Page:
Food and Drink

Hearty Omelette Recipes That Will Make You A Breakfast Person

Hearty Omelette Recipes That Will Make You A Breakfast Person
By Adrian T. Cheng

Omelettes are a staple on the breakfast table. It's light yet filling and incredibly easy to make. The best part is that you can add your favourite ingredients (your choice of meat, vegetables and even herbs and spices!) to it to make it your own. It's considered to be breakfast food, but of course you can enjoy it any time of the day!

Balsamic and Caramelized Onions Omelette

What you need:

  • 3 eggs
  • 1 white onion, sliced into rings
  • 1/2 cup cubed hard cheese of your choice
  • Olive oil for frying
  • Salt and ground black pepper to taste

Heat the olive oil in a pan then cook the onions until softened. Add the olive oil to the pan then season with salt. Toss onions, remove from heat then set aside. Whip the eggs in a bowl with a little salt and pepper. Fry in the same pan, add more olive oil if needed. Right before eggs are cooked, add cooked onions and cheese to the egg then fold to a half moon. Serve immediately.

Spicy Cashew Breakfast Omelette

What you need:

For the omelette:

  • 8 eggs
  • 2 green chilis, chopped
  • 6 large poppadums, roasted and broken into large pieces
  • 1 capsicum, diced
  • 1 onion, diced
  • 1 cup mushrooms, chopped
  • 2 tablespoons chopped celery
  • 2 tablespoons chopped coriander
  • 1 tablespoon oil
  • Salt and pepper to taste

For the spicy cashews:

  • 2/3 cup cashew nuts
  • 2 teaspoons oil
  • 1 teaspoon paprika
  • 1/2 teaspoon ground cumin
  • 1/2 teaspoon coriander powder
  • 1/2 teaspoon oregano

To make the omelette, beat the eggs in a bowl and stir in chilis, coriander, salt and pepper. Heat the oil in a pan the cook capsicum, onion, celery and mushrooms over medium heat until onions are softened. Pour vegetables into the bowl with the eggs. Fry the omelette until slightly browned underneath. When ready, transfer to a serving plate and slice into strips. To make the spicy cashews, heat the oil in a pan over medium high heat then saut� the cashew nuts. Add paprika, cumin, coriander powder and oregano to the pan and stir until ingredients are well-combined. Top omelette with spicy cashews.

Omelettes are the ideal breakfast food, especially if you add healthy ingredients like herbs and vegetables. It will give you the energy to start a new day and of course, allow you to enjoy a hearty, flavorful meal to face another day!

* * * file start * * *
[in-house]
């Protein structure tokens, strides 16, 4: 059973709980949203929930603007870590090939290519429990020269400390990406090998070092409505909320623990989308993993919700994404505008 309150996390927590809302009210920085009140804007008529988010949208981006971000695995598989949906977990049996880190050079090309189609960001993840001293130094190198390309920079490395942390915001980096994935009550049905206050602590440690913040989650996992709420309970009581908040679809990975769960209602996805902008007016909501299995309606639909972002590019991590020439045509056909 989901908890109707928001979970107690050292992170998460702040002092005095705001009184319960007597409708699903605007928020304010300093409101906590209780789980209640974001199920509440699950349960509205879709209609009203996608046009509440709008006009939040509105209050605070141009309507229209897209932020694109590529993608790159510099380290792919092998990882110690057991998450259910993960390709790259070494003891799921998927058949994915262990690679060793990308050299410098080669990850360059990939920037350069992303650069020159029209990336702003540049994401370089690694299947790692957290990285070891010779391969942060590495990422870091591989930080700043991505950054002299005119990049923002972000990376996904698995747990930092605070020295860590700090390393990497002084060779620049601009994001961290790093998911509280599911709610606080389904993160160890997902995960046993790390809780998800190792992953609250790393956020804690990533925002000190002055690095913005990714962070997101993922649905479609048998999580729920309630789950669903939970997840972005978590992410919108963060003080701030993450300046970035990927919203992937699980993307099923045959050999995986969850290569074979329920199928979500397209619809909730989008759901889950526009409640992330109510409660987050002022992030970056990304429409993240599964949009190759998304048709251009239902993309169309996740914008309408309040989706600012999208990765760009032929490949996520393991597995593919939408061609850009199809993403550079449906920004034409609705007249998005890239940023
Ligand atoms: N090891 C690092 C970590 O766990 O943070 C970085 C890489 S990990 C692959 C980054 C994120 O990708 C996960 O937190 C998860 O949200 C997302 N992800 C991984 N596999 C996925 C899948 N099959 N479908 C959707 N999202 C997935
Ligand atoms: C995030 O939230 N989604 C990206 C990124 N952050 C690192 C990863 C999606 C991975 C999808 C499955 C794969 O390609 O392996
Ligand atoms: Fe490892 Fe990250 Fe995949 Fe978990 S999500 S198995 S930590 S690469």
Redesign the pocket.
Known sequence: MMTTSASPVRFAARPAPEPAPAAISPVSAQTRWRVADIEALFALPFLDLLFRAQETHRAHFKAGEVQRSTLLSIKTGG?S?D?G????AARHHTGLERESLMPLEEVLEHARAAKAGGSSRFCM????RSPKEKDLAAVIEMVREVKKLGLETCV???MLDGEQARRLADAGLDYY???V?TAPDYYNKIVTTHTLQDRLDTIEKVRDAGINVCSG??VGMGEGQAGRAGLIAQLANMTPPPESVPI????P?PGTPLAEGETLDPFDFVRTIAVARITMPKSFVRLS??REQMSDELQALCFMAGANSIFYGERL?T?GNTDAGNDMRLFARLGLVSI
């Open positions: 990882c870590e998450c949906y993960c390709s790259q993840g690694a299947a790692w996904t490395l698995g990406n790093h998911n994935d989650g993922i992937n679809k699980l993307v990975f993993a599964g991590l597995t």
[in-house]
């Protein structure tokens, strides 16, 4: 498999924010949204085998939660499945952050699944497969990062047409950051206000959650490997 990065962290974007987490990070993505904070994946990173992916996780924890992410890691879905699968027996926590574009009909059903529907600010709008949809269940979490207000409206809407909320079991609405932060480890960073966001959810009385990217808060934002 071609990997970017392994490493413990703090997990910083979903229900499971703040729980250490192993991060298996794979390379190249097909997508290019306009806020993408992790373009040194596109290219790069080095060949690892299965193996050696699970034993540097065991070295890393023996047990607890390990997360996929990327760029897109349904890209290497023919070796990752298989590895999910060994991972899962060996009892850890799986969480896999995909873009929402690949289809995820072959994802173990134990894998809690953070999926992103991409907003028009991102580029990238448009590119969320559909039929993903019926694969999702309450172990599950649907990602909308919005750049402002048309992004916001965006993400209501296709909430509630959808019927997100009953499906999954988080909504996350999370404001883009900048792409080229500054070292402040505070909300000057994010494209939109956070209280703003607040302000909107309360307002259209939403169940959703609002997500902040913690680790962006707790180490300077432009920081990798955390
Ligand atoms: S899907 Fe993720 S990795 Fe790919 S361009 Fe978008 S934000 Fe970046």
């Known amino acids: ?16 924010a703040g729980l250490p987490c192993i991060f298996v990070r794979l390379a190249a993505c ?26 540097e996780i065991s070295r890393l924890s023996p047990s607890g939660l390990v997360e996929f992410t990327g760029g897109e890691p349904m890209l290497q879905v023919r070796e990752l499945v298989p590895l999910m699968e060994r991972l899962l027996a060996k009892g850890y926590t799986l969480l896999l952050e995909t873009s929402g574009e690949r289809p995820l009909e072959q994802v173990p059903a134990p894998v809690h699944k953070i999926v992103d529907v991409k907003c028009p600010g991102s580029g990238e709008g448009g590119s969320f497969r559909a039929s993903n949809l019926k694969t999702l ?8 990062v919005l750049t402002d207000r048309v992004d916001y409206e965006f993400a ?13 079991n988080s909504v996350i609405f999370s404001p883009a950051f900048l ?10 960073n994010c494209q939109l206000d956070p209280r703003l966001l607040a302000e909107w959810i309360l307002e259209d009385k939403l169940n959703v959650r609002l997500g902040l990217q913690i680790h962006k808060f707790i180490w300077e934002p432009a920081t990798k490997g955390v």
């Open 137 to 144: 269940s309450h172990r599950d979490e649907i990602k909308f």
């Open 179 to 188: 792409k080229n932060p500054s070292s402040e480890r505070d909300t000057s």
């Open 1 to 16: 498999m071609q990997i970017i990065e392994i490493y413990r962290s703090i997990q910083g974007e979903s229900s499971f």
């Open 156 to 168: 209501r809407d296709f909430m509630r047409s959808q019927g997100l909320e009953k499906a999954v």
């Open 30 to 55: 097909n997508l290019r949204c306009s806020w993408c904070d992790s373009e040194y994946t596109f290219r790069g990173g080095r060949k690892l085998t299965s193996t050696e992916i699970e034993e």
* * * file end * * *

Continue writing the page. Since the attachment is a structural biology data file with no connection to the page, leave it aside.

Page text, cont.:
Adrian T. Cheng is a food blogger and a BBQ expert. Through years of grill experience, reviewing various grilling accessories and trying delicious and unique recipes, he is sharing his knowledge with everyone through his blog. For more grilling secrets, tips, recipes and more, head over to Adrian's website where he has other interesting grill-related products and posts.

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Eating More Salad Is Savory to the Palate and a Valid Source of Vitamins and Fiber

Eating More Salad Is Savory to the Palate and a Valid Source of Vitamins and Fiber
By Lorie Ann Jermoune

Salads are a great way for beginning any lunch or dinner meal. I find that due to cold and allergy season, I am less drawn to cold foods and more drawn to comfort foods. SO, what do I do? I entertain different ways of making salads more of a comfort food to appease the taste of me and my family that are still creative, comforting and healthy! I also find ways of adding fruit to my salad, whenever feasible, to increase my daily intake of fruits, grains and fiber.

Hi folks, Yes, I know, rabbit food, salads are not your first choice. BUT, OH, if your salad had a voice, it would be telling you about all the healthy fiber, vitamins and roughage that is great for your digestion. Daily requirements of vegetables, fruits and grains combined in so many ways makes food more vitamin and mineral complete, and pleasing to the palate-at best! Pick and choose a salad that is both sweet and savory to the palate- SATIATE YOUR TASTE DESIRES. Salads are a sweet way of eating more fruits and grains, or substituted and improvised, or comprised as complete meal option,too! *** I have listed a few salads that offer uncommon, nuances for creating or enjoying more salads. There are various ways of sneaking more fiber, grain, or tasty additions to your salad dishes that have a high-impact on daily nutritional requirements. Add some of my favorites or research and add some of your own additives for optimal vitamin and mineral balance.